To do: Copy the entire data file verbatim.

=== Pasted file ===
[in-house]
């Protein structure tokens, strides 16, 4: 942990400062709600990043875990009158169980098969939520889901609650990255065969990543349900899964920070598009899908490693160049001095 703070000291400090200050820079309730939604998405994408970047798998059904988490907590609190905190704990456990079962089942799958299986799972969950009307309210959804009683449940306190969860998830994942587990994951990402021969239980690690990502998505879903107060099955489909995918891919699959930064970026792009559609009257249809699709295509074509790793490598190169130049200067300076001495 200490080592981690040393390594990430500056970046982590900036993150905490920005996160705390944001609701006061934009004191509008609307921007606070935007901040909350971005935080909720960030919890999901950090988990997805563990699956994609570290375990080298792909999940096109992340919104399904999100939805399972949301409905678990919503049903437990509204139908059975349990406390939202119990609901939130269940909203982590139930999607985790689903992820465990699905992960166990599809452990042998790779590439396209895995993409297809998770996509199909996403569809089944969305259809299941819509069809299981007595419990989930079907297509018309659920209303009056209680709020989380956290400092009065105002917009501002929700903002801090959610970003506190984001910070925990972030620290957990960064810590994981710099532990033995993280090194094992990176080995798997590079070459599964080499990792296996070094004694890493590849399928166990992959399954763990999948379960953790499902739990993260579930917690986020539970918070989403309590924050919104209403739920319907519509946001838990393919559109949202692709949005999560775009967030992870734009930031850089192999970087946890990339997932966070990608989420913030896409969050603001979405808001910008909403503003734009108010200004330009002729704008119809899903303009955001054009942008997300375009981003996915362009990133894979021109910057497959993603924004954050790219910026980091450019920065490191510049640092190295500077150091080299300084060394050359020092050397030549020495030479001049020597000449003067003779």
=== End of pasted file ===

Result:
[in-house]
């Protein structure tokens, strides 16, 4: 942990400062709600990043875990009158169980098969939520889901609650990255065969990543349900899964920070598009899908490693160049001095 703070000291400090200050820079309730939604998405994408970047798998059904988490907590609190905190704990456990079962089942799958299986799972969950009307309210959804009683449940306190969860998830994942587990994951990402021969239980690690990502998505879903107060099955489909995918891919699959930064970026792009559609009257249809699709295509074509790793490598190169130049200067300076001495 200490080592981690040393390594990430500056970046982590900036993150905490920005996160705390944001609701006061934009004191509008609307921007606070935007901040909350971005935080909720960030919890999901950090988990997805563990699956994609570290375990080298792909999940096109992340919104399904999100939805399972949301409905678990919503049903437990509204139908059975349990406390939202119990609901939130269940909203982590139930999607985790689903992820465990699905992960166990599809452990042998790779590439396209895995993409297809998770996509199909996403569809089944969305259809299941819509069809299981007595419990989930079907297509018309659920209303009056209680709020989380956290400092009065105002917009501002929700903002801090959610970003506190984001910070925990972030620290957990960064810590994981710099532990033995993280090194094992990176080995798997590079070459599964080499990792296996070094004694890493590849399928166990992959399954763990999948379960953790499902739990993260579930917690986020539970918070989403309590924050919104209403739920319907519509946001838990393919559109949202692709949005999560775009967030992870734009930031850089192999970087946890990339997932966070990608989420913030896409969050603001979405808001910008909403503003734009108010200004330009002729704008119809899903303009955001054009942008997300375009981003996915362009990133894979021109910057497959993603924004954050790219910026980091450019920065490191510049640092190295500077150091080299300084060394050359020092050397030549020495030479001049020597000449003067003779």